Are mod-$R$ and mod-$M_n(R)$ isomorphic for $n>1$?

Let $R$ be a ring (with 1) and $M_n(R)$ be the ring of $n$ by $n$ matrices with entries in $R$. Let mod-$R$ be the category of right $R$ modules and mod-$M_n(R)$ be the category of right $M_n(R)$ modules.

In Jacobson's Basic Algebra 2, (page 31) it is proved that the above two categories are equivalent. One of the exercises in that section asks whether the two categories are isomorphic.

For $n=1$, they are obviously isomorphic. For $n>1$, I believe that they cannot be isomorphic but I don't see a way to explain this. The examples of isomorphic categories I'm aware of are just the trivial ones, and I'm having a problem showing that the two categories are not isomorphic..

Please Enlighten me.


An equivalence between categories is naturally isomorphic to an isomorphism of categories iff the cardinalities of all the corresponding isomorphism classes of objects in the two categories are equal. That is, all you need to know to promote an equivalence $F$ into an isomorphism is that for each object $X$ in the domain category, there are just as many objects isomorphic to $X$ as there are objects isomorphic to $F(X)$. See this answer of mine for a sketch of the proof and some related discussion.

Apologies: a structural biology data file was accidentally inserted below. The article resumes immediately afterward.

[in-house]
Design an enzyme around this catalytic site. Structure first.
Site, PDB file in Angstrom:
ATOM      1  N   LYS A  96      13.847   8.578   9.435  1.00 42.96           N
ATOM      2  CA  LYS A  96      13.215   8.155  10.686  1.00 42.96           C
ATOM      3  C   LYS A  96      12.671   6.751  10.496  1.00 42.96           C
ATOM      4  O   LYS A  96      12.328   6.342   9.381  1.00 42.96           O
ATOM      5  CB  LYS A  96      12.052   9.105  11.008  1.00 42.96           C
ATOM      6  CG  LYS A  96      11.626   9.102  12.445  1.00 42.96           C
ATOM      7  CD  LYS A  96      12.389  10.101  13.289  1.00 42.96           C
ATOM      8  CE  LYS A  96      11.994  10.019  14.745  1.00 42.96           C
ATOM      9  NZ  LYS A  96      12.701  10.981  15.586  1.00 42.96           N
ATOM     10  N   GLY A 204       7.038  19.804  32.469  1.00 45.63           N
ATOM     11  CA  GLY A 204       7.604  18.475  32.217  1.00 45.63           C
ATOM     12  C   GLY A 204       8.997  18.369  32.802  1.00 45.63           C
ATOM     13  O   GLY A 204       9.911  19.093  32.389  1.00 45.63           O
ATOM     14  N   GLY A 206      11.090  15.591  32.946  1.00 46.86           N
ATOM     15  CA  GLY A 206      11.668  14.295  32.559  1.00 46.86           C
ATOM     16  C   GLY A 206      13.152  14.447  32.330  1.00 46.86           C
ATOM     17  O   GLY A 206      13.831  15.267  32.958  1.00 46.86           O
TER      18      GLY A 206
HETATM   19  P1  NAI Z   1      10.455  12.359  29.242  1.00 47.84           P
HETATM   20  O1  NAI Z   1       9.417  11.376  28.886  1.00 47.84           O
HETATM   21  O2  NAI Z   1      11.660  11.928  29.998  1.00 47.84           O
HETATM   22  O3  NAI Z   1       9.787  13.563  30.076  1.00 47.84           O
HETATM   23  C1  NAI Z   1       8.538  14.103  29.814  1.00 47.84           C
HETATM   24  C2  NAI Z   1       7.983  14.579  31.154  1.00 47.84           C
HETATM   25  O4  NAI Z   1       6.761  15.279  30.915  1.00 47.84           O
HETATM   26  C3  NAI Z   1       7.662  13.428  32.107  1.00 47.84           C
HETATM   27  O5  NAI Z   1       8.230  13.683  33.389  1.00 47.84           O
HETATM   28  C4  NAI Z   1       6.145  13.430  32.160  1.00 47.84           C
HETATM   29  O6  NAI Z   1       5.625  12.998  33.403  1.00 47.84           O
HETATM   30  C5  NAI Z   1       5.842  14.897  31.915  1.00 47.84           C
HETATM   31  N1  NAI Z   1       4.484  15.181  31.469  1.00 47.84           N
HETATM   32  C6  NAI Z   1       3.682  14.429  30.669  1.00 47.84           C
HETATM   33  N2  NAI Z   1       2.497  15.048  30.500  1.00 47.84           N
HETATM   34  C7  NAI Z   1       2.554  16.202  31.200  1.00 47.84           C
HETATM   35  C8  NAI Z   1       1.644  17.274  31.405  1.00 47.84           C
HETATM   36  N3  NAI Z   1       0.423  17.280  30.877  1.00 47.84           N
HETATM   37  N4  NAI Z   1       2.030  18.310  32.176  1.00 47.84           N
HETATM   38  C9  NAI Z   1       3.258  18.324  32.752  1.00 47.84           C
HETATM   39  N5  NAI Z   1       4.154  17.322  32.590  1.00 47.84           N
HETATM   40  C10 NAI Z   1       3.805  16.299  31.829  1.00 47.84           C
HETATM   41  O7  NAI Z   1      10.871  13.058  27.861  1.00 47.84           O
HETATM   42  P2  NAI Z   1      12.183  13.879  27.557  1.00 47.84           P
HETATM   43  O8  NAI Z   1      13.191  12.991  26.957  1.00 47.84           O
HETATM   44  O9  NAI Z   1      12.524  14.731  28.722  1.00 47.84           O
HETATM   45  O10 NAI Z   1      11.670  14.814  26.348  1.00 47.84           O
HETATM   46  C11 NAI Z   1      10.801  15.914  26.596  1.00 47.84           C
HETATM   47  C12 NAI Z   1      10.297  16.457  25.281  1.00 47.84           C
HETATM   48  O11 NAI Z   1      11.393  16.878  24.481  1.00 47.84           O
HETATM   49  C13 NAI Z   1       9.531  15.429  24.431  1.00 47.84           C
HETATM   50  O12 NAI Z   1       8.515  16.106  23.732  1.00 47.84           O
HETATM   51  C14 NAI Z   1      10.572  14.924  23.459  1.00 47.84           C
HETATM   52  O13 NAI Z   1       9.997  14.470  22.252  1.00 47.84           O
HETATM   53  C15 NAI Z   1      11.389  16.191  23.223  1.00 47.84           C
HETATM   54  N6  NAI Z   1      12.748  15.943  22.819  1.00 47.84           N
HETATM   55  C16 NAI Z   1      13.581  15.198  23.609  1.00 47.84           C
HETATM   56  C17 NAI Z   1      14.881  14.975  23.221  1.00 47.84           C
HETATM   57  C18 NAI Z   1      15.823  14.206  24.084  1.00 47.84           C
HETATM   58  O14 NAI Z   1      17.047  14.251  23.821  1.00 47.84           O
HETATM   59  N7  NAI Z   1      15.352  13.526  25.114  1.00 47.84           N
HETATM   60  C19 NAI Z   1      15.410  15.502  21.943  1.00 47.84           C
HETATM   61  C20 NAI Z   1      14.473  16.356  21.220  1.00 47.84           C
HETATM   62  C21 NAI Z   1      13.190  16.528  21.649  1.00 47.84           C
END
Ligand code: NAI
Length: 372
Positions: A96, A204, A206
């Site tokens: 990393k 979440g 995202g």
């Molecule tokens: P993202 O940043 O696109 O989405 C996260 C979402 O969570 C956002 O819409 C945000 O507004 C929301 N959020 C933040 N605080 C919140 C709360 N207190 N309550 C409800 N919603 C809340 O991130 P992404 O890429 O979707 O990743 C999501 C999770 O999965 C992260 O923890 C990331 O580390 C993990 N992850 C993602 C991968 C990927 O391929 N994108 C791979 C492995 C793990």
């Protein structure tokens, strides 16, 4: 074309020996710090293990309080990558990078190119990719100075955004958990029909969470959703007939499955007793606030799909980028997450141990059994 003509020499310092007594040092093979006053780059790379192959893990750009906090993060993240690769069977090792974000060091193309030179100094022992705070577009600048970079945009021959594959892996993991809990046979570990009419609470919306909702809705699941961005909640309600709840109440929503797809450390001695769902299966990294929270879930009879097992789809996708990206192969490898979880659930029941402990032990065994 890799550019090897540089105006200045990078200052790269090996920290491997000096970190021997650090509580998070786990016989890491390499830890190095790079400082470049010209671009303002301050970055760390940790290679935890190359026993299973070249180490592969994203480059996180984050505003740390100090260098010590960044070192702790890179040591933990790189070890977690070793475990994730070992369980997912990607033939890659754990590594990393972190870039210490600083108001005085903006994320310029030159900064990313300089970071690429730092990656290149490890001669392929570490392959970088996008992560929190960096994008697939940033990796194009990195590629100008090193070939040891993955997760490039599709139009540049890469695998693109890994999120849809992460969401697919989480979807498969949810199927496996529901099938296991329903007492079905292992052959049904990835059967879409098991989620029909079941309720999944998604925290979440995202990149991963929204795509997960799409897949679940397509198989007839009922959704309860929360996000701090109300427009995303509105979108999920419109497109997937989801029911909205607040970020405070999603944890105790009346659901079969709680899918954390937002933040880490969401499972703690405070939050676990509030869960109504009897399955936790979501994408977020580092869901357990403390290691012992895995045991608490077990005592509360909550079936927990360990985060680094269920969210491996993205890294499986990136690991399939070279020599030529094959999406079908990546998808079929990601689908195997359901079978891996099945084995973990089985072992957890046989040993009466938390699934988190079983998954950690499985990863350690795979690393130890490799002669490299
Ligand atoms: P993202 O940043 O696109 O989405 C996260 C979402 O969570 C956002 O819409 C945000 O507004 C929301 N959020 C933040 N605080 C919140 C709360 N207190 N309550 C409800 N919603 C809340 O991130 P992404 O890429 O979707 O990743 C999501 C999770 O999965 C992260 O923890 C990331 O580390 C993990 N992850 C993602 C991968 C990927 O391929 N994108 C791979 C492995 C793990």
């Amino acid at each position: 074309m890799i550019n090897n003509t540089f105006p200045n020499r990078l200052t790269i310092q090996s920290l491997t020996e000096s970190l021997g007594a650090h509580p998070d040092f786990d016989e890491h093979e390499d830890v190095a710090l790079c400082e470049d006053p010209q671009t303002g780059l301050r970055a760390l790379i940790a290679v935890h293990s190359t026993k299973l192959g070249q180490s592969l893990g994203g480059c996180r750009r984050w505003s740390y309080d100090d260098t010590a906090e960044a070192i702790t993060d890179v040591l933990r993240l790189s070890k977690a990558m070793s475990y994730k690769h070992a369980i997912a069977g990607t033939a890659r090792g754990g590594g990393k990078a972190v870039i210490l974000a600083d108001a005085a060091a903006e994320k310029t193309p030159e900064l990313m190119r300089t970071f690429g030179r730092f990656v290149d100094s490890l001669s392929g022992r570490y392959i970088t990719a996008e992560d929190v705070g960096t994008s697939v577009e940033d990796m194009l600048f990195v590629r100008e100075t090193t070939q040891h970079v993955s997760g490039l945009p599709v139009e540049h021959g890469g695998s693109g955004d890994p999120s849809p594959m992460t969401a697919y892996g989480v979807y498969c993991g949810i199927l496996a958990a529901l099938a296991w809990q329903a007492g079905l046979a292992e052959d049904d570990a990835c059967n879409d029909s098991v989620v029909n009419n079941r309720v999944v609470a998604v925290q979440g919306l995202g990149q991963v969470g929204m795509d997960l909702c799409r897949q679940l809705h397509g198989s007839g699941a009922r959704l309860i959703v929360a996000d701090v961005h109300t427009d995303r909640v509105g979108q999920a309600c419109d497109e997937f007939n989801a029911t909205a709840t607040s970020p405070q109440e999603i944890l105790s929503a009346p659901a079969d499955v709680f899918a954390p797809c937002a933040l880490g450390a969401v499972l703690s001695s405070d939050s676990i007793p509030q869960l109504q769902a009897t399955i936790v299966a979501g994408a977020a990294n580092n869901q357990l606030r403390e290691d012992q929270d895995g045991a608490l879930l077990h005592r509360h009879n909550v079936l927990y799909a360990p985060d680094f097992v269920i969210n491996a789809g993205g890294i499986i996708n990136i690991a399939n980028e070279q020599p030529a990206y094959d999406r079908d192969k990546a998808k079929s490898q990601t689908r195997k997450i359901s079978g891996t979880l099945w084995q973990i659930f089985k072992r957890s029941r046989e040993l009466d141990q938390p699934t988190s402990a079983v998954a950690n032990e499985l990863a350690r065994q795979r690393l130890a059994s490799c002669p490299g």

In this case every object in a module category has a proper class of other objects isomorphic to it and this proper class can in fact be put in bijection with the class $V$ of all sets. So any equivalence between two module categories is naturally isomorphic to an isomorphism.

[Technical note: This argument involves choosing proper classes of representatives, and so requires the axiom of global choice and should be formulated in a set theory with classes like NBG. I don't know whether there is a definable isomorphism of categories in ZFC in your case.]

  • $\begingroup$ Thank you very much! I didn't expect "extending" or "modifying" $F$ to be so easy! $\endgroup$
    – Dilemian
    Apr 8 '17 at 5:15
  • $\begingroup$ I find it kind of surprising that the categories are isomorphic, because I cannot see such an isomorphism. But as you write, it may depend of the choice of set theory ... $\endgroup$
    – HeinrichD
    Apr 10 '17 at 13:03

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